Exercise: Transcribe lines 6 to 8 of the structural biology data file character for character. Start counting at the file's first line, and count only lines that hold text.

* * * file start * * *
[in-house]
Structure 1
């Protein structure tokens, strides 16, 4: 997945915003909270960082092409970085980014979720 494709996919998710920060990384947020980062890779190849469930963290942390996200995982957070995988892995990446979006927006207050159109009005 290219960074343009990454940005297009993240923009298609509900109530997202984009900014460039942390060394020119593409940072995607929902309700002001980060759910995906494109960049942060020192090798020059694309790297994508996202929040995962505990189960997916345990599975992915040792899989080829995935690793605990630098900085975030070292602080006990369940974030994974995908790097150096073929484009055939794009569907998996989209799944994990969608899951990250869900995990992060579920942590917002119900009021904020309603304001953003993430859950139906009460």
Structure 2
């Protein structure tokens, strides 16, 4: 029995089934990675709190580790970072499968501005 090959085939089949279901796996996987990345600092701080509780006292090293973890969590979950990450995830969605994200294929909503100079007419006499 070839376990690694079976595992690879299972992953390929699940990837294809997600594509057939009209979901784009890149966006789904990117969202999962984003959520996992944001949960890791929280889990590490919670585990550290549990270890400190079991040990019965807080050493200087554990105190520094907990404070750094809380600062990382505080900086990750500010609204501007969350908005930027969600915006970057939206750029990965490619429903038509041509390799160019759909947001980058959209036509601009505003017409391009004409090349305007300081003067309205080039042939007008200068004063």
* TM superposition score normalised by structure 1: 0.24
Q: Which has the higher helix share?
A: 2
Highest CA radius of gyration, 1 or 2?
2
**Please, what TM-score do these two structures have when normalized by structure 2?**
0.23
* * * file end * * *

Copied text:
* TM superposition score normalised by structure 1: 0.24
Q: Which has the higher helix share?
A: 2